10 things I've learned about making art.

Making art is the big thing I'm doing with my life. It's what I'm leaving behind, and what I've put the most hours into becoming good at. But like most things, there's no manual for making art, and probably no right way to do it even if there was. But, for what it's worth, here's what I've learned along the way.

1. The piece has its own life.

I never know what's going to happen. Sometimes characters say things I don't expect. The brush moves to an area I hadn't planned. My lens is drawn to a different subject. For me, art is as much archeology as creation. I need let the piece be what it needs to be, and get out of the way.

2. I'll never know what will connect.

Will people like it? Hate it? Send me unhelpful comments or emails that put me in a tailspin because seriously who writes that to a stranger? I'll never know. It's totally out of my control. Pieces that I thought were meh turned out to be huge. Pieces I thought were spectacular were niche. I never know what's going to connect, and I probably never will.

3. Nobody knows their blue period.

Picasso's blue period is regarded as his finest. But to him, it was just a set of experiments, explorations. Only after it was done did anyone have a sense of it. Keep experimenting. Keep exploring.

4. Read. Watch. Look. Listen. A lot.

If we want to be great writers, read. A lot. Same for photography and film-making and dance. Consume great art over and over and over. We are what we eat.

5. Write. Paint. Film. Code. Dance. A lot.

If we want to be great writers, write. A lot. Same for painting and game-making and sculpture. Keep making, keep honing our skills.

The best art lies at the intersection of great skill and an exceptional experience. We don't get to know when that experience is coming. Be ready.

6. Make a meaningful, sustainable connection with our audience.

Know who we're writing to, painting to, singing to. That specificity will let us connect, and make for better work. But make it sustainable. There are always trolls. Don't feed them.

7. Give art first dibs.

Give our art first crack at our best, most capable time. First thing in the morning. When ideas show up in the shower. Carve out consistent, quality time for making work, and drop everything when it needs our attention. The work has to come first.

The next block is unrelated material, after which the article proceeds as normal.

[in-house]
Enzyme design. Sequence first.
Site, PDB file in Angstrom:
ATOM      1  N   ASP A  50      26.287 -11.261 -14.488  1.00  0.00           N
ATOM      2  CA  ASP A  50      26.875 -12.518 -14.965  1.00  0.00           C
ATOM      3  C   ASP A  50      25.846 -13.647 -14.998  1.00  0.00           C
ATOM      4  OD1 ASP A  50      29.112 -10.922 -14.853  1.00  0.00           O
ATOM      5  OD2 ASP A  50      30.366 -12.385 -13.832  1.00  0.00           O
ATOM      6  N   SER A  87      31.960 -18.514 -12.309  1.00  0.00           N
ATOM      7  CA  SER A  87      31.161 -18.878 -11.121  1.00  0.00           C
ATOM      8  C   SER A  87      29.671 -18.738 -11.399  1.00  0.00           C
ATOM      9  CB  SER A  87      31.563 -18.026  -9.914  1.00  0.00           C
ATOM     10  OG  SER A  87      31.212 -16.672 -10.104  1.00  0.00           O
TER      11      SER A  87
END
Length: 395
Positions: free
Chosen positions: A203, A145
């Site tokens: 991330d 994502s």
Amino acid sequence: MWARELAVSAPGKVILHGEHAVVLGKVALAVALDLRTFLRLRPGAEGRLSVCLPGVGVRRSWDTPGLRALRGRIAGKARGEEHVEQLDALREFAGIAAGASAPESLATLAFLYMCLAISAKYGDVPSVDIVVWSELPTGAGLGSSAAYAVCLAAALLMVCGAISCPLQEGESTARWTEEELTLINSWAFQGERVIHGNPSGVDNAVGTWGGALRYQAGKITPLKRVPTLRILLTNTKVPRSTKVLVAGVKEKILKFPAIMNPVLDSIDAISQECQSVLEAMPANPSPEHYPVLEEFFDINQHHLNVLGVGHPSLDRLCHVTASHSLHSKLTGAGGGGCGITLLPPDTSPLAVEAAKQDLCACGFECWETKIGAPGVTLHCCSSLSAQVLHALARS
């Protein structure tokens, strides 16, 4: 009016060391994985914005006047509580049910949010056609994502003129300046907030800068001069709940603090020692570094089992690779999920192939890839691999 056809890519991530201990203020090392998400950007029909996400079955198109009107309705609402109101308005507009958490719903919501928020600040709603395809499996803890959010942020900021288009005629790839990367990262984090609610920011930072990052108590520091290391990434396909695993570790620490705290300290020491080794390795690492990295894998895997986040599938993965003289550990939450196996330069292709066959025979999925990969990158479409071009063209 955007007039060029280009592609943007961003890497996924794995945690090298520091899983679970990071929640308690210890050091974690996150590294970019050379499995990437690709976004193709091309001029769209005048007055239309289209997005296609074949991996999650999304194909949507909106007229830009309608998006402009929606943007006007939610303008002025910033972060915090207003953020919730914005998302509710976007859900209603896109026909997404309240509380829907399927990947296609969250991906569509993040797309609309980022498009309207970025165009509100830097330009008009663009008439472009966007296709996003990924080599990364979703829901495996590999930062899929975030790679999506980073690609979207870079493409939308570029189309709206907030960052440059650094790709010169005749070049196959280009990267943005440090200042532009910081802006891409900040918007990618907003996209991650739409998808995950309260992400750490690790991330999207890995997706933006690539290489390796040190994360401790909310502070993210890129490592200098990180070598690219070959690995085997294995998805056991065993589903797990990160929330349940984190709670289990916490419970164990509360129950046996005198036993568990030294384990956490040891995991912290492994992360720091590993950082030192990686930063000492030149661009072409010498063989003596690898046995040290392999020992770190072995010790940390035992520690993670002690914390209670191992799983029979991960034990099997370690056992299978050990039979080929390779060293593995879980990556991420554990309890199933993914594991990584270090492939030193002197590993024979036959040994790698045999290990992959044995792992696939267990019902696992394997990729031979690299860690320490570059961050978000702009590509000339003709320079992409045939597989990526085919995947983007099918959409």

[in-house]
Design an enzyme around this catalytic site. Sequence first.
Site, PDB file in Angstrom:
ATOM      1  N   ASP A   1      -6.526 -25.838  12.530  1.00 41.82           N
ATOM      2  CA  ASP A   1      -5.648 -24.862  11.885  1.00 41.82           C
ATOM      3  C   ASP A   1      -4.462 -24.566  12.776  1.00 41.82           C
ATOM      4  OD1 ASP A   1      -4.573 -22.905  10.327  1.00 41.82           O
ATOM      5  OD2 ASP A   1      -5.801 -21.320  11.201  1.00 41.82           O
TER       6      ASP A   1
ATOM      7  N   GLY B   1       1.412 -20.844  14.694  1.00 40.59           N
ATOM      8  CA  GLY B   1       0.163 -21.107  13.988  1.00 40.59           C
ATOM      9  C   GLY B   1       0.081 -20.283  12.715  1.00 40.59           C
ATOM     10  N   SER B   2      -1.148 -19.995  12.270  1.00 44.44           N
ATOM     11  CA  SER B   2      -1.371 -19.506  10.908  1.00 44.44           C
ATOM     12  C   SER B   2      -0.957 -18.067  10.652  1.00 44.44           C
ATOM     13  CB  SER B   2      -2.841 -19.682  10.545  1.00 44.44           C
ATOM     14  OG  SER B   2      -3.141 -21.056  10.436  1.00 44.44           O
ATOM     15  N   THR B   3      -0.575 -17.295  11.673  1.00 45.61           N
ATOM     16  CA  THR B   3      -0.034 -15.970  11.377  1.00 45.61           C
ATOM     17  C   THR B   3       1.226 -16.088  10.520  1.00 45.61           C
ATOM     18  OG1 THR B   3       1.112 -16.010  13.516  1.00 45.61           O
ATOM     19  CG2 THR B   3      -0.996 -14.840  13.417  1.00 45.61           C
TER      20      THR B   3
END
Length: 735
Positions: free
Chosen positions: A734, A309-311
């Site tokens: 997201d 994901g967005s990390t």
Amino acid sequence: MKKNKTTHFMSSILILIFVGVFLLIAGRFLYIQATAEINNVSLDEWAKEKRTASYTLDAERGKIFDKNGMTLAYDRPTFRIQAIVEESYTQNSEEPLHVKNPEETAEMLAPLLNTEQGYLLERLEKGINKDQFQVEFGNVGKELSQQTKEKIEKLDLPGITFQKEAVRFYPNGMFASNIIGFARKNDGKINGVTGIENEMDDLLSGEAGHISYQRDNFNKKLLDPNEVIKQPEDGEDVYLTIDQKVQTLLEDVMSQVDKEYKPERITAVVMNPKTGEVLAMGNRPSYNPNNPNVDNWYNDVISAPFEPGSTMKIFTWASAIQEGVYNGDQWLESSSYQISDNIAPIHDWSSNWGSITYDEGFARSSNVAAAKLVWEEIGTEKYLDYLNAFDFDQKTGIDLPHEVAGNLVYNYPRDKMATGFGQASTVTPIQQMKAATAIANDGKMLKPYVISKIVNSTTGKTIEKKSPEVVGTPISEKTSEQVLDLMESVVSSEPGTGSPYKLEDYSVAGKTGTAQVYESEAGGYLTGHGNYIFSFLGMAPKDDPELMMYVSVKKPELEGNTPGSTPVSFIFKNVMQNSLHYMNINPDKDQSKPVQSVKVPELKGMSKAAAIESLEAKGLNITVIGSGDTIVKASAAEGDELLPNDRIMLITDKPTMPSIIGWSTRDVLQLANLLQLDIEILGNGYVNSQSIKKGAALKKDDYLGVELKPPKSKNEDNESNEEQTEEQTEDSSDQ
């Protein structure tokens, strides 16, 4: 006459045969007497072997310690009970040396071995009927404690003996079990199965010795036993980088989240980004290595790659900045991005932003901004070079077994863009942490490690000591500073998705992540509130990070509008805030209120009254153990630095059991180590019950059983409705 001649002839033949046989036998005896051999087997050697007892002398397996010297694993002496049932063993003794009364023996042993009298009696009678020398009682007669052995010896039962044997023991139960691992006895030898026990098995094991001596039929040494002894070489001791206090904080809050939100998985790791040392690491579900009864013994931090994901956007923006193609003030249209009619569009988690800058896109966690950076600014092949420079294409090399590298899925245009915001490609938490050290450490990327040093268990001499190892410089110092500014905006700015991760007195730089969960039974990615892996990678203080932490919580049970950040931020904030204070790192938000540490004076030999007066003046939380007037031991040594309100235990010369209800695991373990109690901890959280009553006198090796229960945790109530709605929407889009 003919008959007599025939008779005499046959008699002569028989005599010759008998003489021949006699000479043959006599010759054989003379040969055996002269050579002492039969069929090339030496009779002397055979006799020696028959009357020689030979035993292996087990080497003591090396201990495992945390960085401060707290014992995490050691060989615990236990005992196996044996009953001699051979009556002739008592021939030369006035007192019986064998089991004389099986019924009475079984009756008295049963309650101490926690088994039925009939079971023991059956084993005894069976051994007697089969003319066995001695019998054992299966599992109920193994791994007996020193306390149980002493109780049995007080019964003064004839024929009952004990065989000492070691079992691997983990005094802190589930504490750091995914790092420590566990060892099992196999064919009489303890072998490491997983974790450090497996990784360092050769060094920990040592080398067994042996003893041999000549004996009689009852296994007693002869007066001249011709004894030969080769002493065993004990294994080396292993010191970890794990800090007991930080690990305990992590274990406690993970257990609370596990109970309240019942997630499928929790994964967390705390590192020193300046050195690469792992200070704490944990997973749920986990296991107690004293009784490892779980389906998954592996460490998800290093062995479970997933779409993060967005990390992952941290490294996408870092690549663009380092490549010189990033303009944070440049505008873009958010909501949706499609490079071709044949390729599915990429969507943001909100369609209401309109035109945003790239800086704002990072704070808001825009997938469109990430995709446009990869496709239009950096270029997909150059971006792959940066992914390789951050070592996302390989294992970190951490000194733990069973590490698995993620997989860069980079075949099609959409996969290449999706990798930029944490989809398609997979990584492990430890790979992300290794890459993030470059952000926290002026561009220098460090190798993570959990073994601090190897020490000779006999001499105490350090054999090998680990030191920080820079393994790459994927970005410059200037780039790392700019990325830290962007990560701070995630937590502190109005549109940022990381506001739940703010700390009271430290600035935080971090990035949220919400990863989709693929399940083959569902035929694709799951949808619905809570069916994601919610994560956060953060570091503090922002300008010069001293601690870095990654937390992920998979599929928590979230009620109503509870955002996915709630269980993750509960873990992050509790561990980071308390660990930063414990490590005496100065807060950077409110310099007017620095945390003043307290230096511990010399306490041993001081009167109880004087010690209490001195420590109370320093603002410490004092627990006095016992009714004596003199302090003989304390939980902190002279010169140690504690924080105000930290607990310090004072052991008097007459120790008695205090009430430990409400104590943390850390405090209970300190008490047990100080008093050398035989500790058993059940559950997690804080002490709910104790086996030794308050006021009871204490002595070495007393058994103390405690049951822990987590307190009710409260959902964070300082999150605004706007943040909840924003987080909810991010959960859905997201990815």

8. Be brave. Put shit out there.

Putting work out is scary. But it is the most important thing. How many people do you know who have that book they're going to write, someday? Write it. Paint it. Put it out there.

9. Get a Posse.

Find artists who we like and respect and who inspire us, and get together and talk art. Learn from each other, encourage each other. Making art can be really difficult and really lonely. It's easier together.

10. Learn from our own work.

Read what we wrote. Watch our own films. Listen to our songs. We know my work better than anyone. We know what we were trying to create, and we know where we hit and missed the mark. Understand what's working and what's not, and use it to improve our game.

11. Learn from critics, but ignore them.

We are the only judge of our work that matters. Sometimes, a new set of eyes can spot something we missed. Sometimes, they're just dumping their shit all over our work. Listen to what people are saying, but don't accept it as truth. This is our work. They can make their own.

12. Get into the world.

Art comes from experience, and experience isn't only sitting in our bedrooms. Get out into the world, have full rich experiences, and let them inform our work.

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